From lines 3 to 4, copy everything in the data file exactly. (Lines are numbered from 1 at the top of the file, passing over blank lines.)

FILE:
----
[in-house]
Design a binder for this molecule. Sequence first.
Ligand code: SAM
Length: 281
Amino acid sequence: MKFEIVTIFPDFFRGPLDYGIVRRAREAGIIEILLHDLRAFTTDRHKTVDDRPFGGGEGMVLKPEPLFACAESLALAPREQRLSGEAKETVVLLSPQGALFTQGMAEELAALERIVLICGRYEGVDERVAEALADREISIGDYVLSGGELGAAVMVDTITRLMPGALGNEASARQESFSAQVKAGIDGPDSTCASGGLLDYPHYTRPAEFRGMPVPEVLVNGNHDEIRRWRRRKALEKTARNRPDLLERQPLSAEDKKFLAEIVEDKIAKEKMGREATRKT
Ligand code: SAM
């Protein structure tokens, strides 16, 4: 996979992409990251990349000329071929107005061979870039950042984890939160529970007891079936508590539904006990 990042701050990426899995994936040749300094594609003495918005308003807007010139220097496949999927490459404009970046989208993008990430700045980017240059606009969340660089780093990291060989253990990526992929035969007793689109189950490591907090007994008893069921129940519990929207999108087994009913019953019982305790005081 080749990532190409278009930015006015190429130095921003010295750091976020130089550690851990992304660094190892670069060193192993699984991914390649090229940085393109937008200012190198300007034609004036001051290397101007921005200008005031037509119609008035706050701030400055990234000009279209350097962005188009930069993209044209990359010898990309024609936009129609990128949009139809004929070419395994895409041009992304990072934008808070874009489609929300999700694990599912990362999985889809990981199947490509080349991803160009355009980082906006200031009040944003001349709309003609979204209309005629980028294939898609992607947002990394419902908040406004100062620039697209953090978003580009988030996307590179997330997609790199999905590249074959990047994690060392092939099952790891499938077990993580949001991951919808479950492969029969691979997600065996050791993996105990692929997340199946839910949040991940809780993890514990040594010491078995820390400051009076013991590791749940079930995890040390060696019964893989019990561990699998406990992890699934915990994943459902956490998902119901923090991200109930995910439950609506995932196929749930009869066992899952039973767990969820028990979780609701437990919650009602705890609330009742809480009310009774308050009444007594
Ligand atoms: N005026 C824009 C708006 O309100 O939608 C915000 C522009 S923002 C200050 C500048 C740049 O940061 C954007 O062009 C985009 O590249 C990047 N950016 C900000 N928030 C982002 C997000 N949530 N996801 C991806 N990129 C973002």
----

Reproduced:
Ligand code: SAM
Length: 281